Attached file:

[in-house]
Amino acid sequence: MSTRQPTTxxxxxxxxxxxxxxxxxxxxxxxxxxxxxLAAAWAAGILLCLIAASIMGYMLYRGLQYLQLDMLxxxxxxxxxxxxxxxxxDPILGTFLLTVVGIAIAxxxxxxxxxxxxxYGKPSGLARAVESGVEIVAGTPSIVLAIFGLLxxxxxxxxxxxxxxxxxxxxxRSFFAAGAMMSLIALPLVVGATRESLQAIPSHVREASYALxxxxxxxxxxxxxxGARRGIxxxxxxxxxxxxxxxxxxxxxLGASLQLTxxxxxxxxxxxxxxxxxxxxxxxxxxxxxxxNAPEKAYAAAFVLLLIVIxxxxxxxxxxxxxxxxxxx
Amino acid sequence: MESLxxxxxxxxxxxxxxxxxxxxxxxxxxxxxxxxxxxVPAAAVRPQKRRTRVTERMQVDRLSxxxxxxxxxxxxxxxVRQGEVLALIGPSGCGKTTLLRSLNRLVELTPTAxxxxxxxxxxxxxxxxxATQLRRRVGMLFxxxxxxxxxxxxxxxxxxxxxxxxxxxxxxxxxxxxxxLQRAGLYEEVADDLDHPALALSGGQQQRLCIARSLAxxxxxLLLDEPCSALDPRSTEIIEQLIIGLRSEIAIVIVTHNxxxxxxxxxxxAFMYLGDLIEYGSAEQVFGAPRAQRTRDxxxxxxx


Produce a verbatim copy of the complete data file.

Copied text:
[in-house]
Amino acid sequence: MSTRQPTTxxxxxxxxxxxxxxxxxxxxxxxxxxxxxLAAAWAAGILLCLIAASIMGYMLYRGLQYLQLDMLxxxxxxxxxxxxxxxxxDPILGTFLLTVVGIAIAxxxxxxxxxxxxxYGKPSGLARAVESGVEIVAGTPSIVLAIFGLLxxxxxxxxxxxxxxxxxxxxxRSFFAAGAMMSLIALPLVVGATRESLQAIPSHVREASYALxxxxxxxxxxxxxxGARRGIxxxxxxxxxxxxxxxxxxxxxLGASLQLTxxxxxxxxxxxxxxxxxxxxxxxxxxxxxxxNAPEKAYAAAFVLLLIVIxxxxxxxxxxxxxxxxxxx
Amino acid sequence: MESLxxxxxxxxxxxxxxxxxxxxxxxxxxxxxxxxxxxVPAAAVRPQKRRTRVTERMQVDRLSxxxxxxxxxxxxxxxVRQGEVLALIGPSGCGKTTLLRSLNRLVELTPTAxxxxxxxxxxxxxxxxxATQLRRRVGMLFxxxxxxxxxxxxxxxxxxxxxxxxxxxxxxxxxxxxxxLQRAGLYEEVADDLDHPALALSGGQQQRLCIARSLAxxxxxLLLDEPCSALDPRSTEIIEQLIIGLRSEIAIVIVTHNxxxxxxxxxxxAFMYLGDLIEYGSAEQVFGAPRAQRTRDxxxxxxx